GraniteStateColin

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Another way that Microsoft could handle this: simply provide a manual waiver request mechanism and slightly re-word the promise to S customers to something like "all games on both systems *" and the * saying "some nonessential features may differ between the consoles." This would incent developers to reach out to MS (if they're not doing this already) to be released from feature parity on the S and give MS a chance to help them or actually go ahead and give them a waiver to drop certain features.

Maybe the idea of setting a firm rule is more problematic than just leaving it open-ended, but manual like this. That way, MS can also deny the waivers if they believe it's possible to get the feature working on the S, but grant them in cases like this, where they can foresee real problems holding the line.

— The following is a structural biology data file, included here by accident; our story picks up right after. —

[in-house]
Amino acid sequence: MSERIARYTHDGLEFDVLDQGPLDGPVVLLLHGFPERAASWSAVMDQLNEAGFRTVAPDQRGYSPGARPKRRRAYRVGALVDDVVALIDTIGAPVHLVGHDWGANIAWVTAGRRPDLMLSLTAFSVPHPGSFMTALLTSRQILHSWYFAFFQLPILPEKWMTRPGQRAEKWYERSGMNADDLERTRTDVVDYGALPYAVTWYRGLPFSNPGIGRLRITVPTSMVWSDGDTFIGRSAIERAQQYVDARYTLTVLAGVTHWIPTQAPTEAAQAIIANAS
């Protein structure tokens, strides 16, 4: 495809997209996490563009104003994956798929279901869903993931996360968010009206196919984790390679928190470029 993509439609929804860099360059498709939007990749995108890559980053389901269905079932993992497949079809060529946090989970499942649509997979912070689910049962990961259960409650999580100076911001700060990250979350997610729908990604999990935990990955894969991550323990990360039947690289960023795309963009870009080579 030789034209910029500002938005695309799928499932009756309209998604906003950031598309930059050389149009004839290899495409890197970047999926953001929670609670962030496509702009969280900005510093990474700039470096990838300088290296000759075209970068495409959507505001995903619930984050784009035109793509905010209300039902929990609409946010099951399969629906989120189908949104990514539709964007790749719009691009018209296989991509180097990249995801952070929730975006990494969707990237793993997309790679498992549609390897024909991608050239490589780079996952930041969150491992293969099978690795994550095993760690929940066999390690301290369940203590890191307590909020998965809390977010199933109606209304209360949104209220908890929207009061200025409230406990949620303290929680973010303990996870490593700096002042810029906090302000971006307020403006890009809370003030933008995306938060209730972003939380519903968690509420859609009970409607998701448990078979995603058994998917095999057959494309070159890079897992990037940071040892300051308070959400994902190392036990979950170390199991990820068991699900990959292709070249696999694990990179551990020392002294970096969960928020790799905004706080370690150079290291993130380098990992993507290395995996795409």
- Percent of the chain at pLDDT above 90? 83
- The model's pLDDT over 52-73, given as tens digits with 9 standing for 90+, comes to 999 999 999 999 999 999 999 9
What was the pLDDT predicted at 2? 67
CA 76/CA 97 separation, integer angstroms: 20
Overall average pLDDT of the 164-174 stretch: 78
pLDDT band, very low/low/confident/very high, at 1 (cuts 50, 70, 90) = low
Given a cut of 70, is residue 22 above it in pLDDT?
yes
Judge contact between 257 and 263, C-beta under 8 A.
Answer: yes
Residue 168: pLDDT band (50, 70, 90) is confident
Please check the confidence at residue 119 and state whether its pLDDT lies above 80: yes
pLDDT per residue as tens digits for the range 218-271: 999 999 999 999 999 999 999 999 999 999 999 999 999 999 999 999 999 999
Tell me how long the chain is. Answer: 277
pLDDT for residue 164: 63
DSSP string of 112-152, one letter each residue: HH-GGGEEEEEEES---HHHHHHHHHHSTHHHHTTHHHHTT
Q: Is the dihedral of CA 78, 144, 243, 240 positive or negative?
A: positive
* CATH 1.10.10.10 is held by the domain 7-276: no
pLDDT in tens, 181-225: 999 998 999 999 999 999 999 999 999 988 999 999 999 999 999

Vermillon

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issue there is queues i think., they dont have enough xbox cloud blades to serve the current audience, let alone a big new one. i do think they need to consider dropping the parity clause for some features like this though.
You might be absolutely right here! I have no idea of the cloud infrastructure scale, but in the case of split screen, if it is indeed a niche functionality, there shouldn't be a problem here. On the other hand, such solutions cannot become a crutch for developers who don't want to spend time optimizing for the S at all.
 

*kaotisch*

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It was a necessary evil when the two consoles released.

Meanwhile, Microsoft should have set a 1 year only mandatory rule. Then, the consoles should have gone their separate ways according to market rules. In the end, gamers decide.